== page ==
The level of serum squamous cell carcinoma antigen 2 – an isoform of SCCA that is widely used as a tumor marker for SCC – was significantly higher in both skin and serum of patients with psoriasis, compared with healthy volunteers in a recent study, correlating with psoriasis severity score and reflecting treatment efficacy.

The intensity of skin and serum levels of SCCA2 was correlated in patients with psoriasis, and the study results also suggest that Th17 cytokines (IL-17 and IL-22) induce SCCA 2 elevation in serum and skin. “Significant elevation of SCCA2 is associated with disease severity and reflects treatment efficacy. SCCA2 may be a useful biomarker in psoriasis, reflecting Th17-type inflammation – the main determinant of the severity of psoriasis,” wrote Dr. Yuko Watanabe of Yokohama (Japan) City University and associates (Br J Derm. 2016 Jan 29. doi: 10.1111/bjd.14426).

According to the investigators, the commonly used psoriasis area severity index (PASI) is suboptimal because it is not truly quantitative and varies among clinicians. Since there are several new treatment options for psoriasis, including biologics, the authors believe that a new serum marker for psoriasis is needed to evaluate disease activity and manage treatment.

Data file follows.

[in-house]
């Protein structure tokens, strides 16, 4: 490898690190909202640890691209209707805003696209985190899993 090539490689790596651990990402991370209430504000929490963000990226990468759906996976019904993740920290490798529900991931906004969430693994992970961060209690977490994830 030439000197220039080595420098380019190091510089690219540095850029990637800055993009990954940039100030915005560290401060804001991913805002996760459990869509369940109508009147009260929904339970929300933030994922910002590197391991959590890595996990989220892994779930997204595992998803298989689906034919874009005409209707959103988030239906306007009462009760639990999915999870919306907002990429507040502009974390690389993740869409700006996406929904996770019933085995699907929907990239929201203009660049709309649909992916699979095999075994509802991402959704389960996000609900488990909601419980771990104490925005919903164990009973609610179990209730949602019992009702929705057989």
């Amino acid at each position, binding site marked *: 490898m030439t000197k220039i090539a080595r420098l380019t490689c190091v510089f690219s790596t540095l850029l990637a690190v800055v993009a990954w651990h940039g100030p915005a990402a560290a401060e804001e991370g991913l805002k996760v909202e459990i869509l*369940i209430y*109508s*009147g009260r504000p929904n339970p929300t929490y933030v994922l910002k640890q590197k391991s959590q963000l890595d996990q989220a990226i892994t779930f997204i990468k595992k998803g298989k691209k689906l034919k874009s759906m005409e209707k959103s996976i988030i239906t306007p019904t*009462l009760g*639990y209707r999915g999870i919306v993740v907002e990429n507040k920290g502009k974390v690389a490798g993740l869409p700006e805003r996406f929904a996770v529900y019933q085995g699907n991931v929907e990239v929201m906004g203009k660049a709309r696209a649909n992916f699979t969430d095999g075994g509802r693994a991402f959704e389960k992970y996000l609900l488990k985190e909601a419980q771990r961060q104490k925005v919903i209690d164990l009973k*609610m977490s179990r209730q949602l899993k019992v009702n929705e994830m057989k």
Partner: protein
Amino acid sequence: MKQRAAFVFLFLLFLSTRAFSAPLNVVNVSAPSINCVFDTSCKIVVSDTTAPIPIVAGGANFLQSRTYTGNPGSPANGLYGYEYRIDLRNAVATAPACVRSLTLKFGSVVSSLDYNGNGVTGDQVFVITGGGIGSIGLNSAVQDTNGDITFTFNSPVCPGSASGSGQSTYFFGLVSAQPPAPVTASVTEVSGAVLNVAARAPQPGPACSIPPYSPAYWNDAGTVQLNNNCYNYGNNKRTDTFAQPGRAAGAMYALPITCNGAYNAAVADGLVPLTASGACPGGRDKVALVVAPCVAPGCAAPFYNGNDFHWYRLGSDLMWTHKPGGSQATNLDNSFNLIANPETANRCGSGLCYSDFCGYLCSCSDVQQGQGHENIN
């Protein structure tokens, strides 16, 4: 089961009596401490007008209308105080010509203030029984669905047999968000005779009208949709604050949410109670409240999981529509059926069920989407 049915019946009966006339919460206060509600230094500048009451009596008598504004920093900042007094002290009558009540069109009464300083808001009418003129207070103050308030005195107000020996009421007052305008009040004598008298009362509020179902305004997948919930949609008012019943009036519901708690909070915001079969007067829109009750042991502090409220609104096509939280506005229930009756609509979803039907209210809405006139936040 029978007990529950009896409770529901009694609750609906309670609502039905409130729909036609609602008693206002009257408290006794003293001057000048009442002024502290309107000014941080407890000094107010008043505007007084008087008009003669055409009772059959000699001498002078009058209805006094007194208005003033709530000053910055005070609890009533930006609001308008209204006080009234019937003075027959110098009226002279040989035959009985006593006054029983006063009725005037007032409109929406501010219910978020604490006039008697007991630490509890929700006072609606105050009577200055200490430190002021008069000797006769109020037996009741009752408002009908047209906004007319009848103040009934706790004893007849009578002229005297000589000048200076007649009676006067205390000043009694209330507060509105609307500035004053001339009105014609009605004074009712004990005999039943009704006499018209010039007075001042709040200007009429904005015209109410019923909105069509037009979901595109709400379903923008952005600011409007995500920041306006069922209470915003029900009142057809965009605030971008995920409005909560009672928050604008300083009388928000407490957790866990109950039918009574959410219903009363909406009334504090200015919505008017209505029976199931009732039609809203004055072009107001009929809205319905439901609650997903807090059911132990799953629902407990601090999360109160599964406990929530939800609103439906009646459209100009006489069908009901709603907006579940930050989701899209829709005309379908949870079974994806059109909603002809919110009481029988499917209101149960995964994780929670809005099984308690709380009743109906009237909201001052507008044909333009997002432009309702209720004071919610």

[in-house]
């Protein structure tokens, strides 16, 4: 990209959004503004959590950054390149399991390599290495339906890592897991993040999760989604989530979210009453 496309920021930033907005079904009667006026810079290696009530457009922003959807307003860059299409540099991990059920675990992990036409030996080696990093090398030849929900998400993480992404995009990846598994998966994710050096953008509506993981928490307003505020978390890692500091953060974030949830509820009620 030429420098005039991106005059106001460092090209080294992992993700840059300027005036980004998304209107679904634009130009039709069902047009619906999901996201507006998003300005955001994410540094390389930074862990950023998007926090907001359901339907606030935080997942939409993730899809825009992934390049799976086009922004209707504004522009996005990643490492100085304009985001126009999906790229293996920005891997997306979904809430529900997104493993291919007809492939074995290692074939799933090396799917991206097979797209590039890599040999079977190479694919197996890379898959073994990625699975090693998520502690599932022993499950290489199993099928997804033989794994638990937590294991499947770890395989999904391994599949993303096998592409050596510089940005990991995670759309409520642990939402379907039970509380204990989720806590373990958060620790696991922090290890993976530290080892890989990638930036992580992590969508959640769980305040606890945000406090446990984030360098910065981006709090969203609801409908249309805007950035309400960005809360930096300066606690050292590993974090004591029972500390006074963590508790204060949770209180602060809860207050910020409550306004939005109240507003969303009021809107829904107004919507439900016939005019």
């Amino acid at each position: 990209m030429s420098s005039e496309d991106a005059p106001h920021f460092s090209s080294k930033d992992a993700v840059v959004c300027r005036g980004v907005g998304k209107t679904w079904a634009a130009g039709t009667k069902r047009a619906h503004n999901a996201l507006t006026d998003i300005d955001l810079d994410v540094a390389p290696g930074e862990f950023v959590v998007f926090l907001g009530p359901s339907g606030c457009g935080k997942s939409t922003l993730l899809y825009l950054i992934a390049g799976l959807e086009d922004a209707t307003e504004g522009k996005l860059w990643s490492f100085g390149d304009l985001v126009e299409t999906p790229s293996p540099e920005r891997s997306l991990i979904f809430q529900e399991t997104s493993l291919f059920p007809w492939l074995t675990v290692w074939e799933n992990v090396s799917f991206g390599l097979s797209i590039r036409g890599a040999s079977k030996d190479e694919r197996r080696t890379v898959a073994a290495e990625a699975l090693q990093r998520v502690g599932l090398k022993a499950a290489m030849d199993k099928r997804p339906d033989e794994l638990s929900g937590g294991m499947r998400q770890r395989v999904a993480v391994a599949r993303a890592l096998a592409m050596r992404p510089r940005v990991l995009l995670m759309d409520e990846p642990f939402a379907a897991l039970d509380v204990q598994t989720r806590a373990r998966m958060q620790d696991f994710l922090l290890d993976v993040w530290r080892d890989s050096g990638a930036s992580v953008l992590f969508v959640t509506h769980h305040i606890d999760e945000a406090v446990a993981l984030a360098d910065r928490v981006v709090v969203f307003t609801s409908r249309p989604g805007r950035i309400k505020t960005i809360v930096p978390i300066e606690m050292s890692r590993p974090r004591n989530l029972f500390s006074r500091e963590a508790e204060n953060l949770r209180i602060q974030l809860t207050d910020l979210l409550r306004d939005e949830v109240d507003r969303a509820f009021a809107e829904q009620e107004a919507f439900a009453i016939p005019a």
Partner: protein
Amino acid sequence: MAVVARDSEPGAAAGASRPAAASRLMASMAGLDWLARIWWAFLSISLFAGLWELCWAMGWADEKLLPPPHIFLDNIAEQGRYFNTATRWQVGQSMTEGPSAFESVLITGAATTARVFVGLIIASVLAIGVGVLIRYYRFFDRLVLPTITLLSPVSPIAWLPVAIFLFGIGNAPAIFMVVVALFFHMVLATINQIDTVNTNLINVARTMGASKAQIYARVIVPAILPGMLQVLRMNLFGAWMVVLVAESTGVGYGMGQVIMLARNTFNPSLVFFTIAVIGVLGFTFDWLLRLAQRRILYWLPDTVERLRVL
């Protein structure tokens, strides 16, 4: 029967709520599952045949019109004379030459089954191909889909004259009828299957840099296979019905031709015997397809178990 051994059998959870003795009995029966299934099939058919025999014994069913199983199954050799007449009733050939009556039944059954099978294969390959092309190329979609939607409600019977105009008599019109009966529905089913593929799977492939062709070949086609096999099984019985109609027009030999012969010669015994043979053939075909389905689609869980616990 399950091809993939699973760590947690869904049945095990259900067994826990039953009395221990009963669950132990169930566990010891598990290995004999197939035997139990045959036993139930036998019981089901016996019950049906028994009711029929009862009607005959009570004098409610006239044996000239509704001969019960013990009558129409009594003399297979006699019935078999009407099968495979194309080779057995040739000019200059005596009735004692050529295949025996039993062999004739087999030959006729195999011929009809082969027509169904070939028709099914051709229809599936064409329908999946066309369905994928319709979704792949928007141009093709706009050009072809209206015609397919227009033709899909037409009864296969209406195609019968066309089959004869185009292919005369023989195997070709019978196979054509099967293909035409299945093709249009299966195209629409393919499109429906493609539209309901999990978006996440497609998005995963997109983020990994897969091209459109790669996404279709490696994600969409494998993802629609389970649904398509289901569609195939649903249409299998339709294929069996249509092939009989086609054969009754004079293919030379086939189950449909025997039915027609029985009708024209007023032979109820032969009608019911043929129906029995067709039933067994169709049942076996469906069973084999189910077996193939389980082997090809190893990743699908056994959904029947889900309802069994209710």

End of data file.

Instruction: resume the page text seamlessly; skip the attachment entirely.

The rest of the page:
The prospective, cross-sectional study included 123 patients with psoriasis and 25 healthy controls. Serum SCCA2 levels were significantly higher in patients with psoriasis, compared with controls: a median of 2.7 ng/mL versus 0.70 ng/mL, respectively (P <.0001). Serum SCCA2 levels were positively correlated with PASI for all patients with psoriasis, regardless of subtype. In 38 patients on monotherapy or combination therapy with drugs to treat psoriasis, SCCA2 levels decreased in the 35 patients whose PASI improved on treatment (P <.0001) and increased in the three cases of clinical deterioration.

The study was supported by a grant from Japan’s Ministry of Education, Culture, Sports, Science and Technology. The investigators declared that they had no conflicts of interest.


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